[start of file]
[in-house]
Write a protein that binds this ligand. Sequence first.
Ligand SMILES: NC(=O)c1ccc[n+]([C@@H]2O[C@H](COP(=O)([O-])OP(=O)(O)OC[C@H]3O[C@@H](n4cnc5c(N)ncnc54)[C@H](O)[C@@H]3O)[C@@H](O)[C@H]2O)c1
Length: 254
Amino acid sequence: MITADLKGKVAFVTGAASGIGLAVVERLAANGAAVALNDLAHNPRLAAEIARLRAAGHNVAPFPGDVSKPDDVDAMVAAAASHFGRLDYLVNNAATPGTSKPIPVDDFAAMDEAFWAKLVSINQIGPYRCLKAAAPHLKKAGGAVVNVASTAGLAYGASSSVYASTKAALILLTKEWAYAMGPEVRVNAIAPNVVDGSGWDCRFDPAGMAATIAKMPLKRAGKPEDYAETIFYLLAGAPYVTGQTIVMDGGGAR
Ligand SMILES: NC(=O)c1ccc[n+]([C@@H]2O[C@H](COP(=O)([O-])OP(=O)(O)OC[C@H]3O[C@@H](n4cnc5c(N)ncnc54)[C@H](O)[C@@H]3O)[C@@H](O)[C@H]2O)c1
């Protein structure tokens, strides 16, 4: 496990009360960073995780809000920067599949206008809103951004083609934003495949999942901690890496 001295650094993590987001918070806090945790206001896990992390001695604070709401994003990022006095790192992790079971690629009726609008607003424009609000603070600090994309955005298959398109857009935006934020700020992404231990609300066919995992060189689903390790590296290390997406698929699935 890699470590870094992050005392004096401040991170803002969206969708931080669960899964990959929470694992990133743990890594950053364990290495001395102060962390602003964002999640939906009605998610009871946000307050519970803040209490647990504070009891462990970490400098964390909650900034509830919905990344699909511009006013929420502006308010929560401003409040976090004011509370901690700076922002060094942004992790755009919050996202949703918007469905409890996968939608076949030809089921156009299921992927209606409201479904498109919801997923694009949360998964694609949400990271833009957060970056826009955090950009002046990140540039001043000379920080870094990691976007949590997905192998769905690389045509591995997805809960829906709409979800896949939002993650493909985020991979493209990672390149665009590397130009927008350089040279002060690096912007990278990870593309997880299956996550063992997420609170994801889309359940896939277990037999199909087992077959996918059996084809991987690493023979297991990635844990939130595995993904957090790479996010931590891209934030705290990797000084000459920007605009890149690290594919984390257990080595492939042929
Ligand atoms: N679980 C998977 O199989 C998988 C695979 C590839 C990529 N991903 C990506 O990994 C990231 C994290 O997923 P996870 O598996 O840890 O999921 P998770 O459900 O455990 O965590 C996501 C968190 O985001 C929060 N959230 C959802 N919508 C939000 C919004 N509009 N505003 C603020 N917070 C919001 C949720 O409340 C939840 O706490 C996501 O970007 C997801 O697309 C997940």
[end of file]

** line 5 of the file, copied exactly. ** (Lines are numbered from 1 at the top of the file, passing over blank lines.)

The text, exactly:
Amino acid sequence: MITADLKGKVAFVTGAASGIGLAVVERLAANGAAVALNDLAHNPRLAAEIARLRAAGHNVAPFPGDVSKPDDVDAMVAAAASHFGRLDYLVNNAATPGTSKPIPVDDFAAMDEAFWAKLVSINQIGPYRCLKAAAPHLKKAGGAVVNVASTAGLAYGASSSVYASTKAALILLTKEWAYAMGPEVRVNAIAPNVVDGSGWDCRFDPAGMAATIAKMPLKRAGKPEDYAETIFYLLAGAPYVTGQTIVMDGGGAR